JUDY WOODRUFF: Now, we know that some members of the Arab League, some of the Gulf states, are actually sending military support, military help to the opposition.

YOUSSEF AMRANI: Yes.

JUDY WOODRUFF: We know that Turkey has closed the border to prevent trucks from going from Turkey — from Iran into Turkey.

YOUSSEF AMRANI: The borders.

JUDY WOODRUFF: Are you asking in any way for military — more military support for the opposition?

YOUSSEF AMRANI: You see, for us, the priority is a negotiated solution to move forward, because we don’t forget that there are a lot of weapons in Syria, and especially even chemical weapons.

We need to avoid any catastrophe. So, that’s why we are giving all the chance for peace and negotiation. Then, if we fail on this issue, maybe we can think about alternative, alternative solutions.

JUDY WOODRUFF: And at what point do you decide that diplomacy isn’t working? Because this has been tried and tried and tried again.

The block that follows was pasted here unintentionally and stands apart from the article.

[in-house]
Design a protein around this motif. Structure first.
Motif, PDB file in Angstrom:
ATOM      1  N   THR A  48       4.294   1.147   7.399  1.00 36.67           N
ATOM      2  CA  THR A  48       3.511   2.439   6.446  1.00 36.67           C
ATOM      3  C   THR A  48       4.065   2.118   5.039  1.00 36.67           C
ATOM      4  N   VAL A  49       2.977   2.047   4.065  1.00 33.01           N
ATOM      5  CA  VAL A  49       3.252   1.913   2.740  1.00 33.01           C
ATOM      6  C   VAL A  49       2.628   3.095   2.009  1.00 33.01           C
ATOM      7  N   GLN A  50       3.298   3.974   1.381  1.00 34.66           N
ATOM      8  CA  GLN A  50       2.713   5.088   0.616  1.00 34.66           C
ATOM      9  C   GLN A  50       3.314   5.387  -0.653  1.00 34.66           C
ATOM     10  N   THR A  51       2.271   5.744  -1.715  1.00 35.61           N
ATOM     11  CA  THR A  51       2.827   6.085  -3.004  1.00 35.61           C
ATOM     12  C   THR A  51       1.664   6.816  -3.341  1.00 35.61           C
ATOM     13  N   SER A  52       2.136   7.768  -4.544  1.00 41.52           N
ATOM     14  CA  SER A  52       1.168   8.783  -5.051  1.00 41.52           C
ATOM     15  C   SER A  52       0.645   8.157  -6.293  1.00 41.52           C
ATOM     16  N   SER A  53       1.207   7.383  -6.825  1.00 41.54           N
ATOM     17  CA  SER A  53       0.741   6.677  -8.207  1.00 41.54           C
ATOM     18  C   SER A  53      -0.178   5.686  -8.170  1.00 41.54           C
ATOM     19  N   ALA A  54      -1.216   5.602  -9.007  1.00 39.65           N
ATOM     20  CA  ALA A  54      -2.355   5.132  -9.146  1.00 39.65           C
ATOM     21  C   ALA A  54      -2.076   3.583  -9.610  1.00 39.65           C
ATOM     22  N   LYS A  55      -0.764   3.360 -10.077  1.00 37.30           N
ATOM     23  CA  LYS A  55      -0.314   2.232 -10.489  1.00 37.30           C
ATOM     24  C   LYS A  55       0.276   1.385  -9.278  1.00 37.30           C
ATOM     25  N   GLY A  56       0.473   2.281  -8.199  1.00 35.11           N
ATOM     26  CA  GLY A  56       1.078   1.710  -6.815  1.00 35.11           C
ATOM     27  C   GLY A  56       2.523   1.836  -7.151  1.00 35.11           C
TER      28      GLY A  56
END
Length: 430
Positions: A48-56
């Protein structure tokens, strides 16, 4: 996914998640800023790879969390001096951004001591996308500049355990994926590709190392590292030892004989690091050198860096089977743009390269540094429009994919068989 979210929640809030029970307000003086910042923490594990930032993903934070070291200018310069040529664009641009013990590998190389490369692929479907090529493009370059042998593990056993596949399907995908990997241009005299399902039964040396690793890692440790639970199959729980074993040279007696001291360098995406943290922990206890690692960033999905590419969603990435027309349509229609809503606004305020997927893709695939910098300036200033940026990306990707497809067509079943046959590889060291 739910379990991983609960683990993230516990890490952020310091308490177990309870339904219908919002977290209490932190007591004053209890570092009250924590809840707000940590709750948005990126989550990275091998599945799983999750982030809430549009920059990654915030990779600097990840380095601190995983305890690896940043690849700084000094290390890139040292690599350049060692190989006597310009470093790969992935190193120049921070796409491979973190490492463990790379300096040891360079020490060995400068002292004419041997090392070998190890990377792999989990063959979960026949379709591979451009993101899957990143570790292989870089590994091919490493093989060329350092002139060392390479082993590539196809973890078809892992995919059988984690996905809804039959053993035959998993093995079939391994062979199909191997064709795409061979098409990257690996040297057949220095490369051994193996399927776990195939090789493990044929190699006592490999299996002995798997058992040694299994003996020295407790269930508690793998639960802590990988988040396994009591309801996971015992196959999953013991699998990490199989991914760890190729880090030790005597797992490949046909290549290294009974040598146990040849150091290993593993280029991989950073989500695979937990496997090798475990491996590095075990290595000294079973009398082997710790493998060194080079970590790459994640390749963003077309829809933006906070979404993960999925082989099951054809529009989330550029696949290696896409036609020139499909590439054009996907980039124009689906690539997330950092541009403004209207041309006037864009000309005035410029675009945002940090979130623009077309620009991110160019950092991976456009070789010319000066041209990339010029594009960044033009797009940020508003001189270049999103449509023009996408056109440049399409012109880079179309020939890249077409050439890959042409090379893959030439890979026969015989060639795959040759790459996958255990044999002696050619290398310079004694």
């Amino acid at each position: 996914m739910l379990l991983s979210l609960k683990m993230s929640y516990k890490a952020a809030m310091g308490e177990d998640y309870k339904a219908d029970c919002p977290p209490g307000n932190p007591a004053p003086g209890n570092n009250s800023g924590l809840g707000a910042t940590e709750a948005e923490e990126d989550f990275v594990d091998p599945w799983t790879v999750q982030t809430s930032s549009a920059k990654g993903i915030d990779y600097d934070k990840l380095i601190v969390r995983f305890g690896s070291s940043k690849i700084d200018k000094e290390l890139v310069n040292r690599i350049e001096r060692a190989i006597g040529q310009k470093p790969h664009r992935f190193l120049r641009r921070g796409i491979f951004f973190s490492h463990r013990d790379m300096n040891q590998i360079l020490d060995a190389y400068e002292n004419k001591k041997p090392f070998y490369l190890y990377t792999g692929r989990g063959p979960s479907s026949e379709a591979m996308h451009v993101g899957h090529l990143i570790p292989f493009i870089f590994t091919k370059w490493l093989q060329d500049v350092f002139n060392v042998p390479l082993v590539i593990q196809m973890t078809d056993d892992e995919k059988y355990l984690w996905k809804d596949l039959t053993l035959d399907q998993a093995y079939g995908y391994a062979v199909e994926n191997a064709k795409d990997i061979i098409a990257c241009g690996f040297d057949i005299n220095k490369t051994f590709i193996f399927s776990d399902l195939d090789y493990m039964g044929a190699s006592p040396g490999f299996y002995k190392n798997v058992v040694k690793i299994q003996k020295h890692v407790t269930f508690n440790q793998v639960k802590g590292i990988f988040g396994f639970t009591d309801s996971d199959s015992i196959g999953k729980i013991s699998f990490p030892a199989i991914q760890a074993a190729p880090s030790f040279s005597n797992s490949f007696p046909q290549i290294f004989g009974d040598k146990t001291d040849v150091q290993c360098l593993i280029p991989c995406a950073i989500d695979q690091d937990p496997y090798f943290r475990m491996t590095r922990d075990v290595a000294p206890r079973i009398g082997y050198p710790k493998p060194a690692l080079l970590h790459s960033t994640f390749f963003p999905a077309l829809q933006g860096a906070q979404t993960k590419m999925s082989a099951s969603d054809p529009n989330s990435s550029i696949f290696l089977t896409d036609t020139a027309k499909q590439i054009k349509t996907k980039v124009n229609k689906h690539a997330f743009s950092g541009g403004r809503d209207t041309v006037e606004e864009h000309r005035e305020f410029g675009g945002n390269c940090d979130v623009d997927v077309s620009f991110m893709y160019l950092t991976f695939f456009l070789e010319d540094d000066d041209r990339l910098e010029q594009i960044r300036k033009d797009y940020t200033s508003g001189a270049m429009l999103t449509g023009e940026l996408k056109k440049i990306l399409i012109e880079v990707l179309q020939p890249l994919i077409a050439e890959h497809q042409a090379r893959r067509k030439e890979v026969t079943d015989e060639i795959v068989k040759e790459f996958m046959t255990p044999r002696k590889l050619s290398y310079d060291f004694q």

YOUSSEF AMRANI: We have to continue trying, because it is important, in the Security Council and elsewhere.

But we should work with the opposition, we should work with the neighboring countries to see — to find a political solution, because a humanitarian crisis will be not — could not be managed.

JUDY WOODRUFF: So, are you saying it’s a mistake for any outside country right now to send more military support to the opposition?

YOUSSEF AMRANI: Let’s give…

JUDY WOODRUFF: Or intelligence support?

YOUSSEF AMRANI: Of course, intelligence is essential. It’s important. Let’s give some more chance to negotiation.

We hope that Russia and China will understand that, for their own interests, it is better to have a safe and political outcome to this crisis, because nobody can manage the humanitarian issue knowing the interconnection between the terrorist organizations in the neighboring countries.